The comment written by the editor of Dart’s article Dr. Alan H. Kelso shows how few scientists accepted the new ideas of Dart and Ardrey. Not only did Dart require a long time to publish his work, but also the epilogue contains notices like: “Professor Dart’s thesis that the South African apemen, at the stage they were found, were omnivorous, must be considered as proven. Of course, they were only the ancestors of the modern Bushmen and Negroes, and of nobody else.”

Another obvious evidence would be the rejection of Dart’s thesis by a scientific convention at Livingstone (Zambia, South-Africa), what led Ardrey into writing his book “African Genesis”. He felt himself forced to defend the opinion of his mentor.

Just as well, the ethologist Konrad Lorenz showed interest before and brought out his book “On Aggression” (1963). In his introduction he describes rivalling butterfly fish, which defend their territory that leads over to the question, if humans, too, tend to intraspecific behavior.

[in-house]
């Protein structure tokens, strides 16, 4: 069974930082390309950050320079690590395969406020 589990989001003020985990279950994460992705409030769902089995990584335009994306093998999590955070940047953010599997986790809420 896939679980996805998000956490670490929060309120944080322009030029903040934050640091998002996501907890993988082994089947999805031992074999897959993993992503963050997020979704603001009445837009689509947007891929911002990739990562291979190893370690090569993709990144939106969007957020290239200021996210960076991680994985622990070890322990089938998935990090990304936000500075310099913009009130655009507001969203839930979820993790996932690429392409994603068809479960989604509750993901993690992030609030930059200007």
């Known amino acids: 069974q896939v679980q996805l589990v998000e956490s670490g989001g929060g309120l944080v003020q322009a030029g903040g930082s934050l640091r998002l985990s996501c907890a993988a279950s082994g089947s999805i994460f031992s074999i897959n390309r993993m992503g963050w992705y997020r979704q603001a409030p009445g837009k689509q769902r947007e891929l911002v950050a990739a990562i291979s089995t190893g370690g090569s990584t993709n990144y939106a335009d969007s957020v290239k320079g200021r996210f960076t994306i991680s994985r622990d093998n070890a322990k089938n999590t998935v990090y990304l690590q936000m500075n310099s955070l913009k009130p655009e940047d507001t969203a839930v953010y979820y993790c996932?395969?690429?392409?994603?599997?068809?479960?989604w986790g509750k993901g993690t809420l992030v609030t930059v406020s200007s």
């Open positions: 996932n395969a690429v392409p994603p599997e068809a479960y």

The "Declaration of Seville", released under US auspices in 1986, stated that while patterns of human aggression may be inherited, warfare need not be a necessary consequence.

References in fiction

Movies like Planet of the Apes (1968) show that this issue affected common people, too. In fact, it’s based on Pierre Boulle’s novel of the same title, but the content is almost similar to the topic.

This theory can be seen in the opening sequence of 2001: A Space Odyssey, and also appears in the television show Sliders, which made extensive use of the killer ape theory in arcs involving the Kromaggs.

See also

External links